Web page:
function State_Boot(){
}

State_Boot.prototype = Object.create(State_Base.prototype);
State_Boot.prototype.constructor = State_Boot;

State_Boot.prototype.init = function() {
  this.input.maxPointers = 1;
  this.stage.disableVisibilityChange = true;
};

State_Boot.prototype.preload = function() {
  this.load.image('preloadBackground', 'img/system/background.png');
  this.load.image('loadbar', 'img/system/loadbar.png');
};

State_Boot.prototype.create = function(){
  this.state.start('Preloader');
};

Then you have the standard Phaser way of prototyping which is very simillar but I have a hard time getting used to this style. I'm still in the testing phase of Phaser so I still may adopt this style.


var BasicGame = {};

BasicGame.Boot = function (game) {
};

BasicGame.Boot.prototype = {

    init: function () {
  this.input.maxPointers = 1;
  this.stage.disableVisibilityChange = true;
    },

    preload: function () {
        this.load.image('preloaderBackground', 'images/preloader_background.jpg');
        this.load.image('preloaderBar', 'images/preloadr_bar.png');
    },

    create: function () {
        this.state.start('Preloader');
    }
};

In the end prototyping makes things easier to manage, and when developing larger games it may be wise to adopt a prototype style, for re-usability and cleaner code, but like I said it's all up to you.

Just to say that the above isn't the "Phaser" way of doing it, it's just standard JavaScript.

There is absolutely no difference between the two approaches above. Both are simply adding functions to an Object prototype. One is extending an already established prototype, while the other is defining it from scratch, but the end result is the exact same. Internally Phaser uses both approaches, depending on if the class is based on an existing Object or not.

I personally always use the second form when coding something from scratch, and when I don't need to inherit from another Object, but only because it's less verbose.

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@rich That is good to know, At first I was getting confused with the "Standard" way, but after getting phaser to work with my style I realized it was the exact same thing. I still may adopt the standard way of prototyping because as you mentioned it is less verbose and looks a bit cleaner, the good thing is I'm still fairly new to Javascript so it should not be hard for me to adapt to writing in a different style and it may help me in the long run. How would you inherit using the "Standard" way? Do you still do the usual Object.create(Phaser.ClassToExtend) ?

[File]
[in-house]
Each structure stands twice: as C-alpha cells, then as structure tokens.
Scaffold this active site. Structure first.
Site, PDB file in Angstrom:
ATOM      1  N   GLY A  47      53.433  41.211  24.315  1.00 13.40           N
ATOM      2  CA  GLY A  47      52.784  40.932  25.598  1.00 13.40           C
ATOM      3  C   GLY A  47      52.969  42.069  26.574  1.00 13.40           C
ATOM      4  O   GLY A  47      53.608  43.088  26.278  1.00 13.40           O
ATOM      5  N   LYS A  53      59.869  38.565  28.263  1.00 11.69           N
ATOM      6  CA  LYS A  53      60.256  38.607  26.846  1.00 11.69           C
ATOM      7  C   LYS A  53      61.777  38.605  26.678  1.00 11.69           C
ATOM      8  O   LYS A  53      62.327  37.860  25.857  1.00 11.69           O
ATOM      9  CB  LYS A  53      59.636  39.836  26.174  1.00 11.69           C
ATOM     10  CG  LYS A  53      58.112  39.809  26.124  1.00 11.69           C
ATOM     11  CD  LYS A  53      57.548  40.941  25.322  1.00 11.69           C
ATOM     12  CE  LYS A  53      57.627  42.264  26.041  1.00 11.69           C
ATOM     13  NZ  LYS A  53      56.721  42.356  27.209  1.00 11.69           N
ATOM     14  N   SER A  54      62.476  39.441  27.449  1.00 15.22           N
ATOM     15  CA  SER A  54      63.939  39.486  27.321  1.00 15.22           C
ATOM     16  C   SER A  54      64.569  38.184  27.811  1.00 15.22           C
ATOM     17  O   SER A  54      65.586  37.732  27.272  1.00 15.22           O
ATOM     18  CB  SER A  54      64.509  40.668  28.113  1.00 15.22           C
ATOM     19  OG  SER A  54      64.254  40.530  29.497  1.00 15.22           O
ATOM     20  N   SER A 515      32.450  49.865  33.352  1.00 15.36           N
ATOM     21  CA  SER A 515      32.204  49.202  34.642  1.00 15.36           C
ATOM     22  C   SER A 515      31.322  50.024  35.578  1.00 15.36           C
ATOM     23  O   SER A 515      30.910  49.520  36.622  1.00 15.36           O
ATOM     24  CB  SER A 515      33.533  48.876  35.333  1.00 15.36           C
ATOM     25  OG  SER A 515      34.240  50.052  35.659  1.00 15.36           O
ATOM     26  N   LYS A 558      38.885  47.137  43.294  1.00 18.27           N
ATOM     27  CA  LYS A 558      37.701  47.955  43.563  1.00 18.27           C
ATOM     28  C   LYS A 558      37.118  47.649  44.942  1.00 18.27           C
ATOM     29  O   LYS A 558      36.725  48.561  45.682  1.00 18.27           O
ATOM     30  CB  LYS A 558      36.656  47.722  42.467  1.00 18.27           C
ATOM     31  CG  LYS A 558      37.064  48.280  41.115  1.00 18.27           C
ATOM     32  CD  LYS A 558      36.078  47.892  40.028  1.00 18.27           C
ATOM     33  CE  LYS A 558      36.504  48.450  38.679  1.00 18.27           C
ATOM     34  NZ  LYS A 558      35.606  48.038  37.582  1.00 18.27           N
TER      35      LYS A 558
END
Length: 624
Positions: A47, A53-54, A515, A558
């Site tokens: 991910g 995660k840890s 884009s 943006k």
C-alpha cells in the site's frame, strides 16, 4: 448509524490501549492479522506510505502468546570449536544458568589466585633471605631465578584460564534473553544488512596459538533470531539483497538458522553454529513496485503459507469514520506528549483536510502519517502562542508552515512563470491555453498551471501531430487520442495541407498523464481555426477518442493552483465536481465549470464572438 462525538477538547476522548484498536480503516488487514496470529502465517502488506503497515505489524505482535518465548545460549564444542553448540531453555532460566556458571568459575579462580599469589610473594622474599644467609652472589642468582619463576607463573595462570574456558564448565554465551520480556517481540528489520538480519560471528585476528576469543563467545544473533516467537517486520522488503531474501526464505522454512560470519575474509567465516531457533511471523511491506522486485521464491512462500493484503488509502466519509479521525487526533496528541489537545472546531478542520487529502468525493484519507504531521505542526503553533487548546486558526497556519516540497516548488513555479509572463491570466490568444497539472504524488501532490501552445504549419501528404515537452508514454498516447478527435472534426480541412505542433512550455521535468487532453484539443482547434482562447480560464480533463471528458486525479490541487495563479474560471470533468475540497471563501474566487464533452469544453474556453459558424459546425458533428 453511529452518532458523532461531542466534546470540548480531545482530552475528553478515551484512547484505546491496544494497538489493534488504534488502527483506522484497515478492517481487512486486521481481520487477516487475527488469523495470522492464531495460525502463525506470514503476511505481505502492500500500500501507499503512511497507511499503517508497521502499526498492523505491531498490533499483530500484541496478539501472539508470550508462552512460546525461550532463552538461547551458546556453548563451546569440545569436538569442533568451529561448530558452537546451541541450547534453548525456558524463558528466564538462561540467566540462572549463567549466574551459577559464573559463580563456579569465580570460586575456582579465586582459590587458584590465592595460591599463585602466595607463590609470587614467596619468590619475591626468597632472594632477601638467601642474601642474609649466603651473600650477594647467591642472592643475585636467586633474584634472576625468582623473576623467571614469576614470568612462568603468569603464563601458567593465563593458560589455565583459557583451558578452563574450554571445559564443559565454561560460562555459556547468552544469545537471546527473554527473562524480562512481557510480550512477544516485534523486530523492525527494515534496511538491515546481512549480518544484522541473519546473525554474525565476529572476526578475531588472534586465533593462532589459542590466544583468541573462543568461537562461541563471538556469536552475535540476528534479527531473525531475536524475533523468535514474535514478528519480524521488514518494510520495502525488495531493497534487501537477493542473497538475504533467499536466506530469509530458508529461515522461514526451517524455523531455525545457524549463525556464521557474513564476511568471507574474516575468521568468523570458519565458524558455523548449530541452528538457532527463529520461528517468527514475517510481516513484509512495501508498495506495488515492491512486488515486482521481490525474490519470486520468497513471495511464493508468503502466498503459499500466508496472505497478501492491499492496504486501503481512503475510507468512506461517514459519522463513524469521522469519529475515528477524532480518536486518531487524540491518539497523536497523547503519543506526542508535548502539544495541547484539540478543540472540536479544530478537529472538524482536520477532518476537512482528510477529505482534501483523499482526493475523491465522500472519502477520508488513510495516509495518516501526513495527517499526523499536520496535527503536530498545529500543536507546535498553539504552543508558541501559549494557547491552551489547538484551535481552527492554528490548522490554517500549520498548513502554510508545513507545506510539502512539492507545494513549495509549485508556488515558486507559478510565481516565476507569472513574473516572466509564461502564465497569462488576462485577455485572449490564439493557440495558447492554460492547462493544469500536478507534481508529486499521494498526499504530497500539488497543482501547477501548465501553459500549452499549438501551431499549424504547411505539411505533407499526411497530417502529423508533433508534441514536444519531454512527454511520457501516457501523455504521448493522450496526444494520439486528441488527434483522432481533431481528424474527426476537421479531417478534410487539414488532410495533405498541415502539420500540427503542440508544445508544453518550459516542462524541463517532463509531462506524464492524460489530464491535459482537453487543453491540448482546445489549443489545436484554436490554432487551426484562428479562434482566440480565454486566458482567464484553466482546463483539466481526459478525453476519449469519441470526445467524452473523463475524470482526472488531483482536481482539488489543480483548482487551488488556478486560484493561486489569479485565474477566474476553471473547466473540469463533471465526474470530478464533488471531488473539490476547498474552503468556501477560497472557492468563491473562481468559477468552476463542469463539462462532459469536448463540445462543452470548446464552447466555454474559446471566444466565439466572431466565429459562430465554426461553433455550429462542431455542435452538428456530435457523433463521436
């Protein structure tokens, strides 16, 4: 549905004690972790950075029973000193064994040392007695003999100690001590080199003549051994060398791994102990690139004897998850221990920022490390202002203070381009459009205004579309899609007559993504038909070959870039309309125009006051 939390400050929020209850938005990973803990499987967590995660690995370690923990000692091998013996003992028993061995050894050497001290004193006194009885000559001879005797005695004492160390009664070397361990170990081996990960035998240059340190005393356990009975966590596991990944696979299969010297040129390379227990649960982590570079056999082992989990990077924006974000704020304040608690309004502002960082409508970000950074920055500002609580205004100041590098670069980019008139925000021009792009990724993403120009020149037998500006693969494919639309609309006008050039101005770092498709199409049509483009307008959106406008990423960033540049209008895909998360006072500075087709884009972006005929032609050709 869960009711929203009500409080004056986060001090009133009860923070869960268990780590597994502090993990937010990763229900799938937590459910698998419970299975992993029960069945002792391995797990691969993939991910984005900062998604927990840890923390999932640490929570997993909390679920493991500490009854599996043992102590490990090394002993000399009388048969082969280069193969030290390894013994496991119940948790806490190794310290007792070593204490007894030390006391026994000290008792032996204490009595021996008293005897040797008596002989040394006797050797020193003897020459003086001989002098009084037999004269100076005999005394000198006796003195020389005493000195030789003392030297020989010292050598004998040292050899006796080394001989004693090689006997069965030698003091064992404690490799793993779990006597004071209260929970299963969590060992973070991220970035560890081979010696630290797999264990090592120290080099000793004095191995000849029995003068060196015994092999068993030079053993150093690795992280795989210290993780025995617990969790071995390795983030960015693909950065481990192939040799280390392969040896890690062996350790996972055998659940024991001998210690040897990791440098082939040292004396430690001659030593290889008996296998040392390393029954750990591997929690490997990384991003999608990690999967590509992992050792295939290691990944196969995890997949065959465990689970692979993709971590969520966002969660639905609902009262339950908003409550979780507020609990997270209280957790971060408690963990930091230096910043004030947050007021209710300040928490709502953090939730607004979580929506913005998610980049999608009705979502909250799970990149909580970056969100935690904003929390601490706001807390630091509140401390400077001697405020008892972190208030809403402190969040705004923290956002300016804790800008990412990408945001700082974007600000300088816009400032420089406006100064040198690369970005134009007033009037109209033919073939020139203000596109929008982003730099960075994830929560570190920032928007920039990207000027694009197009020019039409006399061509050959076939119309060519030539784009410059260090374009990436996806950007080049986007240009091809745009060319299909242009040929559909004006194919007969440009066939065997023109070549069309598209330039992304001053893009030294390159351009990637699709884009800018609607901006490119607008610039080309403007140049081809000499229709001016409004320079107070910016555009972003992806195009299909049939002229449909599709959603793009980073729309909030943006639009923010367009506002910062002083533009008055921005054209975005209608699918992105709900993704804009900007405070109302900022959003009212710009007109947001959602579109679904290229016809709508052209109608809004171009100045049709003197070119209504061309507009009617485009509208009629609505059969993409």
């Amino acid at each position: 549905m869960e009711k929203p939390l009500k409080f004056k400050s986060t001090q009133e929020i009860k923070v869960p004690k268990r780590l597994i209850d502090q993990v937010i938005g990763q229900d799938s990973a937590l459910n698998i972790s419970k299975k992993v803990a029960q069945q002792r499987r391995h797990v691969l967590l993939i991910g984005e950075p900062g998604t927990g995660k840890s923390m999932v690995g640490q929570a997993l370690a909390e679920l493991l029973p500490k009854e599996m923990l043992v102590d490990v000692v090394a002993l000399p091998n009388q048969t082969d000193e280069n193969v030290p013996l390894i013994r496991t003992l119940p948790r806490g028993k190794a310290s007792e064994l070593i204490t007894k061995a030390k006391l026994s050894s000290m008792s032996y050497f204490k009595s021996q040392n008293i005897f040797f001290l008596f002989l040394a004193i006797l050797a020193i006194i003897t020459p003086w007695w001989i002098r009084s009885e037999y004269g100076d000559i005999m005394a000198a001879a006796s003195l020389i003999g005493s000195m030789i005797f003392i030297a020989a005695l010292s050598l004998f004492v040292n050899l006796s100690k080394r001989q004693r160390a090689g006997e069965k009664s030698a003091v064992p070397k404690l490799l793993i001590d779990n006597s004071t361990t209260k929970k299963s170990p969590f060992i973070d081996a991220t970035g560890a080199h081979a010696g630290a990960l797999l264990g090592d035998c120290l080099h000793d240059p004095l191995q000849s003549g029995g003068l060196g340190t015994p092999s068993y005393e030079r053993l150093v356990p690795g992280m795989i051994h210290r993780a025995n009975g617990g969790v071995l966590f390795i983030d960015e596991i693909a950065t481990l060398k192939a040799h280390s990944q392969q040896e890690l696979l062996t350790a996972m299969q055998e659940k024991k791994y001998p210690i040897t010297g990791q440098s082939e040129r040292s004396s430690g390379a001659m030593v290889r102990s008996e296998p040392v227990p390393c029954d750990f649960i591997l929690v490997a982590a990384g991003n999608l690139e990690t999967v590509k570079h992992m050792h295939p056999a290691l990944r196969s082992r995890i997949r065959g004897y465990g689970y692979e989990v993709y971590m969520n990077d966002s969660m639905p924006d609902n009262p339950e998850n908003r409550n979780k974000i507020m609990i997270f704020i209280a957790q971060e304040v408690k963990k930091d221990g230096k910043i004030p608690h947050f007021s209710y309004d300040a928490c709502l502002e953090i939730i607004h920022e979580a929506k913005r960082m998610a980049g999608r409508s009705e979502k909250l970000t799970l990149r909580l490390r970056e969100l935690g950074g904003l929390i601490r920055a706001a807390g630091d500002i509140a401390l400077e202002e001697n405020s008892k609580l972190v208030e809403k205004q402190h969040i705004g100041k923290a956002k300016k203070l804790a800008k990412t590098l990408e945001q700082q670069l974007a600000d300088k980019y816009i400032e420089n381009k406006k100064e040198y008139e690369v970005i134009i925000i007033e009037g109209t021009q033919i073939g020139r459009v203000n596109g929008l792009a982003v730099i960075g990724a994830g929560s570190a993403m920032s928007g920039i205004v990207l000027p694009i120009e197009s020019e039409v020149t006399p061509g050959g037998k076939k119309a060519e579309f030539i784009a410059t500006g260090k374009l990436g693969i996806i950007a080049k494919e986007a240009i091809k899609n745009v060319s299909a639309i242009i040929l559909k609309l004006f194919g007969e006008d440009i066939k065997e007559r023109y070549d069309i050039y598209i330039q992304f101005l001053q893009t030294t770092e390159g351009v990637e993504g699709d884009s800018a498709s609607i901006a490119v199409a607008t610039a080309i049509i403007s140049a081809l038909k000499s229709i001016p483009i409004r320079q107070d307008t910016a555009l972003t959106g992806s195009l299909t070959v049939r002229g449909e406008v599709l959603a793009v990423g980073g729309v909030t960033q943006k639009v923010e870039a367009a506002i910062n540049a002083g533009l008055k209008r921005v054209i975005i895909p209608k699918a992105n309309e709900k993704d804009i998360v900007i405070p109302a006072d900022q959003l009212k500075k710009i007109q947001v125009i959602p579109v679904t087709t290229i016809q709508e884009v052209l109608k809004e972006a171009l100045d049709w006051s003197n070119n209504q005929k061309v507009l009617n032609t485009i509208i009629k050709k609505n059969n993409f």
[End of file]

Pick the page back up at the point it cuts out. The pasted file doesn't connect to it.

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52 minutes ago, LTNGames said:

@rich That is good to know, At first I was getting confused with the "Standard" way, but after getting phaser to work with my style I realized it was the exact same thing. I still may adopt the standard way of prototyping because as you mentioned it is less verbose and looks a bit cleaner, the good thing is I'm still fairly new to Javascript so it should not be hard for me to adapt to writing in a different style and it may help me in the long run. How would you inherit using the "Standard" way? Do you still do the usual Object.create(Phaser.ClassToExtend) ? 

You have to use Object.create if you want to extend a class (or some other method of transferring functions across). What I meant was that if it was a class that didn't need to extend anything, then I'd use the 2nd method you pasted in your message, just because it's less typing and I prefer the code format - but you could absolutely still use the 1st method posted too. They've both equally valid.

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33 minutes ago, fitness23 said:

Thanks for the responses. I was actually referring to not using prototypes at all vs using them. I noticed that @rich made a boilerplate which doesn't use prototypes at all = https://github.com/DallOner/Phaser-Boilerplate Should this still be used?